Yoga Sutra 1.2- Yoga is the uniting of consciousness in the heart.

How interesting to be faced with the limitations of your own heart. When you for the first time awaken to the truth that you actually do not know, because you did not learn, how to Love yourself.
Astonishing isn’t it? Or is it just me? Am I out on this limb alone? No, I didn’t think so. We are all in this together…Reflections of one another… So what is the big deal? I begin to ask myself; Why is it so challenging for us to admit that not only do we not know how to love others, but that even still we have yet to feel love for ourselves?

I sometimes begin by asking my students the question at the beginning of class, “Do you love others? and Do you love yourself? Everybody raises his or her hand, obviously. I continue to explain the different examples of love, how one may feel in love, how one may act towards another or respond towards another if they were in fact in a state of love. All of a sudden, eyes began to drift away, the body begins to shift uncomfortably and a different level of awareness begins to examine the actions of each individual; generally uncovering a truth that has been left unacknowledged. Do we actually know how to love others, or our Self?

Yoga Sutra 2.4- Innocence of our Divine Nature (Avidya) encourages identification with the ever-changing, rather than with the inner stillness of the heart.

I am just going to go ahead and say no to that one. For the most part, in general, this has been a huge part of our missing education. Until now anyway, now we can go to any bookstore, read various magazine articles, listen to podcasts, audiobooks, or Oprah and receive a list of things to do to cultivate some level of self love and love for others. Access to this information has become instantaneous; application on the other hand is of a different nature.

Yoga Sutra 1.3- United in the heart, consciousness is steadied, then we abide in our true nature-Joy (Love).

Patanjali, the great Yogic Sage, teaches us that we are love. The word love, in this context, is not the emotion of love which we can feel or not, but rather the state of love, something that is complete and whole. It does not need anything, nor does it take anything away. It is not limiting, or constricting, nor does it reject any part of the human existence. It is totality, the sum of everything.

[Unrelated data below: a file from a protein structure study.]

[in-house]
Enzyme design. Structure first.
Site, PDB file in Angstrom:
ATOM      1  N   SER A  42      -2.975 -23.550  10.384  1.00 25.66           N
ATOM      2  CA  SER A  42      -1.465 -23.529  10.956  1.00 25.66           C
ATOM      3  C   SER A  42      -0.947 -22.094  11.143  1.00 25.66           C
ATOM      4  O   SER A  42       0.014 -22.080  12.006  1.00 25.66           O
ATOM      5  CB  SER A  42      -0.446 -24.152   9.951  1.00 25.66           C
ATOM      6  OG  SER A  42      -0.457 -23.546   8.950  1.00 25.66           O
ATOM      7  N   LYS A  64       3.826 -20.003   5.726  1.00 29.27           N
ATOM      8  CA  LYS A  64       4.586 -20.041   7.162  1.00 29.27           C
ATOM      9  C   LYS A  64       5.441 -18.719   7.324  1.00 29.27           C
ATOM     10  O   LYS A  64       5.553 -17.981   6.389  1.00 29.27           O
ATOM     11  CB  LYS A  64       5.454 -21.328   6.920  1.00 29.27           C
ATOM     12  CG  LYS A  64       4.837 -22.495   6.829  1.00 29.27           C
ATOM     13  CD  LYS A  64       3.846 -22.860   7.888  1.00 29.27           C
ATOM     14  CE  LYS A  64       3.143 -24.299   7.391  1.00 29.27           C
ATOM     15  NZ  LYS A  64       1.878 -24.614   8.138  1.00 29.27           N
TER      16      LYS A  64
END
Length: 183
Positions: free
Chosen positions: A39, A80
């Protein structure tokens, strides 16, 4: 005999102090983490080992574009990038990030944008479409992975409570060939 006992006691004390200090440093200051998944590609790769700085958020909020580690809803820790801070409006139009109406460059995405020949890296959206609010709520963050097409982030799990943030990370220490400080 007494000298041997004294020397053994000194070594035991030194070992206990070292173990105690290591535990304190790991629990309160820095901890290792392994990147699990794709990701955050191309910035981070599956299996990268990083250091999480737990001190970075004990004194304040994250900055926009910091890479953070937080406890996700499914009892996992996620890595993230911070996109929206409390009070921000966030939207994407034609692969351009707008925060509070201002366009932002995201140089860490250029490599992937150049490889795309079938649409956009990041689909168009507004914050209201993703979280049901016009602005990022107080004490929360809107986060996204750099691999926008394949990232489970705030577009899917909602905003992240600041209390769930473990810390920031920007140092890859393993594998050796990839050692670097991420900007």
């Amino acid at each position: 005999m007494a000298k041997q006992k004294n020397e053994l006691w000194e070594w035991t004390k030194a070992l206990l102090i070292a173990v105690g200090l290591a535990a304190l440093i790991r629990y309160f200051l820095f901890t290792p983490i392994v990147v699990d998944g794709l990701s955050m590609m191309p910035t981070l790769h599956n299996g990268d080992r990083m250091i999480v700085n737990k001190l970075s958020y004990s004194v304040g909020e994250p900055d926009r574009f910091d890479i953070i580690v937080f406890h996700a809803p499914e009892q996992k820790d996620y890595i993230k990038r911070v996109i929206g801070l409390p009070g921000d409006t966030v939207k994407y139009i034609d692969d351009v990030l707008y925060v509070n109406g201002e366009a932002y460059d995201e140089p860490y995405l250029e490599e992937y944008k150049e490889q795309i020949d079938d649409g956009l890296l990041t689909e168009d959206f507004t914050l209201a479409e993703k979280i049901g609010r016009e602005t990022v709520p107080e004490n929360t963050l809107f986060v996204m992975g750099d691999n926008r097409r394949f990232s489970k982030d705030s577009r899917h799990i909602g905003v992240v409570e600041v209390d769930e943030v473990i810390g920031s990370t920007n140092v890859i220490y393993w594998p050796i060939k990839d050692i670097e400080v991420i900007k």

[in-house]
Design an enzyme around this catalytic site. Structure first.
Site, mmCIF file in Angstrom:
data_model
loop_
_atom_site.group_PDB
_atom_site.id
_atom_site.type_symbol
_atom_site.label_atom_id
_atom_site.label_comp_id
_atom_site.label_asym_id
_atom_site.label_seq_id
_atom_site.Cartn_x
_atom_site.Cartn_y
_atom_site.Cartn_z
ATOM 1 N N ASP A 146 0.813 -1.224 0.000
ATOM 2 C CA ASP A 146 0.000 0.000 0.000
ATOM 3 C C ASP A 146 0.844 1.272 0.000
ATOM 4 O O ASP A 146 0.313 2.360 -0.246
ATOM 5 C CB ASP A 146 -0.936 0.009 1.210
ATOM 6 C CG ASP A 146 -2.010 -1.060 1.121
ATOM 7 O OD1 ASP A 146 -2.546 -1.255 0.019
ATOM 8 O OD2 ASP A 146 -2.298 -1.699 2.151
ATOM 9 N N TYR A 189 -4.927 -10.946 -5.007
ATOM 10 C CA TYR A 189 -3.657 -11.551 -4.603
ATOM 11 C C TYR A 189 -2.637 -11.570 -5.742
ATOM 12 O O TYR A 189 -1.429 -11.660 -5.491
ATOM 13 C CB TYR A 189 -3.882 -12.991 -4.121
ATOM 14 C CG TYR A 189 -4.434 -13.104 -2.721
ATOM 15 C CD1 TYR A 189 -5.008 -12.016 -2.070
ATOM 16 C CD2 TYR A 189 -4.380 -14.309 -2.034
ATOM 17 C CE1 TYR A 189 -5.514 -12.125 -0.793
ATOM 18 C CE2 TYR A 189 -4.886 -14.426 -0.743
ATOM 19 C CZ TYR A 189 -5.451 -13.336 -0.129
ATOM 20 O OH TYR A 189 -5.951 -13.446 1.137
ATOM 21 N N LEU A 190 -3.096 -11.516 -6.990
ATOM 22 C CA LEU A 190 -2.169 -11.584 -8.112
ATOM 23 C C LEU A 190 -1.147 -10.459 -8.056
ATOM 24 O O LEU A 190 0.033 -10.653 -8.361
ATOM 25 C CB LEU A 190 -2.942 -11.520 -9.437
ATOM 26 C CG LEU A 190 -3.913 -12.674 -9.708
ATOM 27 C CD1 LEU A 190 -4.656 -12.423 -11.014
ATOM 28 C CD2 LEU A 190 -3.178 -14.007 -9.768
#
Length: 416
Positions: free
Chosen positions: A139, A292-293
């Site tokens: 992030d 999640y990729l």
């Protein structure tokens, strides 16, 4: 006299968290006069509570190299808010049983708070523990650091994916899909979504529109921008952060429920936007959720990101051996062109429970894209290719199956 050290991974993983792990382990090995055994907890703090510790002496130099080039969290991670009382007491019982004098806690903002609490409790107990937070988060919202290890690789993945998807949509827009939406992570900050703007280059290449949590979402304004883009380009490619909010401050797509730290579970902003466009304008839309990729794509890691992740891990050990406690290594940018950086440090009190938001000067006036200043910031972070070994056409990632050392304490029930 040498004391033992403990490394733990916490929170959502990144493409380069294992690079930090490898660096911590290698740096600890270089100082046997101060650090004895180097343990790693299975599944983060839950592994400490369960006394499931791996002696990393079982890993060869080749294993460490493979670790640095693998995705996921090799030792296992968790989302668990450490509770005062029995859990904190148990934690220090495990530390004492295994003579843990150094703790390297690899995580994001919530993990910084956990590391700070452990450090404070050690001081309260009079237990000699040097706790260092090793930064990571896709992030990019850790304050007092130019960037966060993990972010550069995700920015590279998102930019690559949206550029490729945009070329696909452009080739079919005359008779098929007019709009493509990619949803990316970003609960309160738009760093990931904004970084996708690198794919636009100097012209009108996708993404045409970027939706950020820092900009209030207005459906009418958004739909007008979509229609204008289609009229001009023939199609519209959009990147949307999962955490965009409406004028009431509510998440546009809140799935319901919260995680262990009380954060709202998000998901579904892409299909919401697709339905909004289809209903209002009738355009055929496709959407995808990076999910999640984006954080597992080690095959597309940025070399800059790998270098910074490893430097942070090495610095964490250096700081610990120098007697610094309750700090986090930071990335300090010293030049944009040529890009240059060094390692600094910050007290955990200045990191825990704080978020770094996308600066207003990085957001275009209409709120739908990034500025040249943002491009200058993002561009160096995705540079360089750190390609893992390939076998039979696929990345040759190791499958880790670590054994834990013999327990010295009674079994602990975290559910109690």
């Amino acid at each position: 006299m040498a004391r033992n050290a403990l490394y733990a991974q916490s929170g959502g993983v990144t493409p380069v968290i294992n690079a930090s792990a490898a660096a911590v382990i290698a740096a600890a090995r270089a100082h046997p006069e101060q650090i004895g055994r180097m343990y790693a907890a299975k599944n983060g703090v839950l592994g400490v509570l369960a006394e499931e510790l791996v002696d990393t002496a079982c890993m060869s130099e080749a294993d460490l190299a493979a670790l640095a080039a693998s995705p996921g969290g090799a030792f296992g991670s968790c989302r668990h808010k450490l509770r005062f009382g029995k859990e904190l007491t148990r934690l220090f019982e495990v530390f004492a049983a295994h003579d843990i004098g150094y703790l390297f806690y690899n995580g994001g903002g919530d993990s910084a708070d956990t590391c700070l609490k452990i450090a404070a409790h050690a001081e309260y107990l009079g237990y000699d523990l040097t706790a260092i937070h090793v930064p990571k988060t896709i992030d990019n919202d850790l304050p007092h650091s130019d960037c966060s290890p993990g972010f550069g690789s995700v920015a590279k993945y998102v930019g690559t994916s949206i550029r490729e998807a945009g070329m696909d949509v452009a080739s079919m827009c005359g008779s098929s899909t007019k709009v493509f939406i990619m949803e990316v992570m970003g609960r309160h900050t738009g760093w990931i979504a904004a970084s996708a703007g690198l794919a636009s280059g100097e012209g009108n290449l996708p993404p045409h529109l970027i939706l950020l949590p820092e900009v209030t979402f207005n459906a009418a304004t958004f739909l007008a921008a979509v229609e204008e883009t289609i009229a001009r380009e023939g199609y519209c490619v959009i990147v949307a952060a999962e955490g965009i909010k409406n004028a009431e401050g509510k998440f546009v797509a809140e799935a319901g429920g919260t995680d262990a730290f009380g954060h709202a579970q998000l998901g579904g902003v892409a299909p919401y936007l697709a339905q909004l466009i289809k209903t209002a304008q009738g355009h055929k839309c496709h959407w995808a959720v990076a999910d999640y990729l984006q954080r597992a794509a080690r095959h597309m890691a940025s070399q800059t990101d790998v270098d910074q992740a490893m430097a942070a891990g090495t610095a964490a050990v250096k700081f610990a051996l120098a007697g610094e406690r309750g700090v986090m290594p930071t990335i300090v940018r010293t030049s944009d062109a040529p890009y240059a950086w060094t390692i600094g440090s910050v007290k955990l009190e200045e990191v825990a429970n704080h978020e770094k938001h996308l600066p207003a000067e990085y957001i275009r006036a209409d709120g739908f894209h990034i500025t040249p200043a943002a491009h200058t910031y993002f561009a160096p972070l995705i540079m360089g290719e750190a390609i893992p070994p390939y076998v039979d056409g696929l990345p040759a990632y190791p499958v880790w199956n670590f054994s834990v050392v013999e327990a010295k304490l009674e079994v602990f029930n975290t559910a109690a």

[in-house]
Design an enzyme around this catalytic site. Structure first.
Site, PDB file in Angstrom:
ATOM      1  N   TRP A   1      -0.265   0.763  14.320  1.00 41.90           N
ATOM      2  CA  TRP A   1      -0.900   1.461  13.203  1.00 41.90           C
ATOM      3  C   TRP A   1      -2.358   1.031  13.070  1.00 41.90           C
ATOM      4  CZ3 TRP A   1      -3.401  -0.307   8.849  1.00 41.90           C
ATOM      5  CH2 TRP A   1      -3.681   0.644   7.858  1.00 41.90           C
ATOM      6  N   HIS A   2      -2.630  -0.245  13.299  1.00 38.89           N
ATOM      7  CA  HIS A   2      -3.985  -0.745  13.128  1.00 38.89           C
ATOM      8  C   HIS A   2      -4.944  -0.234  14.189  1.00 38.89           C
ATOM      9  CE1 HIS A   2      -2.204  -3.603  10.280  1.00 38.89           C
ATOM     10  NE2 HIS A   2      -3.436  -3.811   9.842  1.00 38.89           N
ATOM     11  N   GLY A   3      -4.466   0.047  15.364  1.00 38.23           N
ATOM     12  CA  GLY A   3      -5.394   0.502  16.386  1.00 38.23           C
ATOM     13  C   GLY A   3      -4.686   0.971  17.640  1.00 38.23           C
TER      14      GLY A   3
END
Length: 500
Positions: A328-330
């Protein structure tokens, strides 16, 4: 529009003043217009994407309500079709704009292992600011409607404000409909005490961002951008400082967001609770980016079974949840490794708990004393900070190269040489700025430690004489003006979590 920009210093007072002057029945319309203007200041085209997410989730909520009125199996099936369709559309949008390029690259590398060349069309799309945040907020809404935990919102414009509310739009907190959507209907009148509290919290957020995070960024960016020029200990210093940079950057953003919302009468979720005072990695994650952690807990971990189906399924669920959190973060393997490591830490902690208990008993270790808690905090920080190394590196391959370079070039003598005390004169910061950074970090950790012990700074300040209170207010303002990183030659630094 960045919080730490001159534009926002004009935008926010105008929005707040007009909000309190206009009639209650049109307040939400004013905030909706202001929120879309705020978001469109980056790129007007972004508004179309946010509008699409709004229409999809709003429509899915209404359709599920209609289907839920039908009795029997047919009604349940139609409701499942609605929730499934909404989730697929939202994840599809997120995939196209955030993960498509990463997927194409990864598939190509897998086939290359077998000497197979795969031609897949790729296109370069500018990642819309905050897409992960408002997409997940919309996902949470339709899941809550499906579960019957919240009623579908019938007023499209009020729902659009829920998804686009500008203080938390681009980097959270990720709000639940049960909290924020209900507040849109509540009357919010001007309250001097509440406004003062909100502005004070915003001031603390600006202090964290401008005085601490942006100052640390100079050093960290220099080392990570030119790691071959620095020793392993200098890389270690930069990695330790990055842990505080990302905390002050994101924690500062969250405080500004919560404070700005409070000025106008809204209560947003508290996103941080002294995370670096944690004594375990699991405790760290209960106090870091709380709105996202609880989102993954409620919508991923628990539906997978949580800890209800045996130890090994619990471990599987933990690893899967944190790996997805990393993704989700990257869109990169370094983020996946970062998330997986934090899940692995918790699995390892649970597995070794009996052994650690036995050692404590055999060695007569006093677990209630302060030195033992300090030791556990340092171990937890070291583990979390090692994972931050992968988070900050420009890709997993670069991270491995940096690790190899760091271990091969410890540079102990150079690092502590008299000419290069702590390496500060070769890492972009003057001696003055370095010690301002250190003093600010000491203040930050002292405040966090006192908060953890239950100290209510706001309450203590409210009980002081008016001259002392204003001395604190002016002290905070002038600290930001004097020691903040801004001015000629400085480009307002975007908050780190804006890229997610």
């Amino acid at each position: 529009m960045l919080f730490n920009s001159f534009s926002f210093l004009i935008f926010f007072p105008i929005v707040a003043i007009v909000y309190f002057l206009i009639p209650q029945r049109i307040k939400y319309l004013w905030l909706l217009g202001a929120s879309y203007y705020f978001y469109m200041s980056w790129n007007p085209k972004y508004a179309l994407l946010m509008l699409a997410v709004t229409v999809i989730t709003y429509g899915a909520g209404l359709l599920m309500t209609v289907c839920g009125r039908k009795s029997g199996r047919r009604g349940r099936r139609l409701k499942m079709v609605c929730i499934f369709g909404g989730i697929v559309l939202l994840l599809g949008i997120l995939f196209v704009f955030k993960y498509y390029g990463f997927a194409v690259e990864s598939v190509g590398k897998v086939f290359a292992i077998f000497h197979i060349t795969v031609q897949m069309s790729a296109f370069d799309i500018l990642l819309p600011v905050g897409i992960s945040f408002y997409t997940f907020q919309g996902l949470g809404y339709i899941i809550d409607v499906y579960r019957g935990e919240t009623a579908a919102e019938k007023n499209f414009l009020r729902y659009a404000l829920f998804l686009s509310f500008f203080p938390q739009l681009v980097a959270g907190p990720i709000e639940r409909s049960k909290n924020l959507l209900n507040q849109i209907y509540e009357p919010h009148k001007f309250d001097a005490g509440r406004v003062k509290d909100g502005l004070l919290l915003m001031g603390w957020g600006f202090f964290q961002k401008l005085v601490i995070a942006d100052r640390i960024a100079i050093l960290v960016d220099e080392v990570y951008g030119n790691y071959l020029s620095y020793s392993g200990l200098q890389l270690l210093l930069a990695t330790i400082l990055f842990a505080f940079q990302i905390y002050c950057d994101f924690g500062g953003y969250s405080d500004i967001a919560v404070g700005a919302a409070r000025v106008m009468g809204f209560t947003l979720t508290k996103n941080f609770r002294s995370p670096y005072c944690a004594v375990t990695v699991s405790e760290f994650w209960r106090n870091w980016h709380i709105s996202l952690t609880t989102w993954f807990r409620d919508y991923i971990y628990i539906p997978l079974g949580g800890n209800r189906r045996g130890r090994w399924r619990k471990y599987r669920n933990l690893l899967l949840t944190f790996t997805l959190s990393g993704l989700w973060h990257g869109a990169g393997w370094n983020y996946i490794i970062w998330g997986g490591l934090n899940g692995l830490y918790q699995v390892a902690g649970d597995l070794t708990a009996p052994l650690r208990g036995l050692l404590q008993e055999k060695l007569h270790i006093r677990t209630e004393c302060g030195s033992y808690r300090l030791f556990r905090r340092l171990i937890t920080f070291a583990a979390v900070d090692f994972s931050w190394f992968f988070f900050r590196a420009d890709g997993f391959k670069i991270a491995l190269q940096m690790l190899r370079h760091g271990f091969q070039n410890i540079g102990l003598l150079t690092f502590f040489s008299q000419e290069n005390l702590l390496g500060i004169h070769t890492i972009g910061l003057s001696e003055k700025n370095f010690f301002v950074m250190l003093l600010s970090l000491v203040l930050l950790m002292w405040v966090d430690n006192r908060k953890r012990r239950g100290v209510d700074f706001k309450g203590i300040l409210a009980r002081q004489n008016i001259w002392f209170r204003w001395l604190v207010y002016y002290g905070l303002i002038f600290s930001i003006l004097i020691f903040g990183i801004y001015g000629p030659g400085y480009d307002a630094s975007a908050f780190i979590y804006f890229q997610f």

Yoga Sutra 2.6- When undue trust is placed in the individual self (Asmita), it is confused with the Divine Self.

Patanjali suggested to us, thousands of years ago, that our true nature is love-that is all that we are, but we do not identify with this aspect of self, we instead identify with the contents of the mind and confuse them both as the same. The contents of the mind are in constant fluctuation, always changing from one thought or emotion to the next. We now continue to be swept into the false identification of each moment, having lost touch with the aspect of self that ceases to change, the true part of the Self, which is love. So how do we achieve this state of love, how do we connect with the most Divine aspect of Self, the truest Self?

Yoga Sutra 1.18- With continued awareness, we identify only with the pure consciousness residing in heart.

Patanjali does not leave us without any guidance in how to obtain a state of love, that which is our true nature. He prescribes us the very effective path of Ashtanga Yoga, the Eight-Limbed Path. In this complete system of yoga we learn about the nature of the mind through study of the Yoga Sutras, an ancient text complied by the sage himself, which includes the study of the self through personal and external observances (Yamas and Niyamas) He further prescribes the practices that we are to engage in when learning to differentiate between the mind and the self and teaches us about yoga postures, breathing practices and calming the mind by withdrawing the our senses (Asana, Pranayama, and Pratyahara). After a long and devoted time with these practices, we are able to flow into a new state of awareness within the body and we begin to experience a focusing of the mind in the present moment and peaceful and meditative state of awareness (Dharana and Dhyana). Having a continued awareness in the state of (Dhyana) over a long period of time we are able to experience the Union that Yoga is. The yoking of the Universal Self and the Individual Self. We can experience a state of being where we are complete and whole and the nature of the Self is revealed as a state of Being Love (Samadhi).

Yoga Sutra 2.28- By embracing Ashtanga Yoga, the Eight-Faceted Path, intuitive wisdom dawns and reveals our inner radiance.

Translation of the Yoga Sutras by:
Nischala Joy Devi The Secret Power of Yoga

Commentary by Anjili Russell

Samata Digital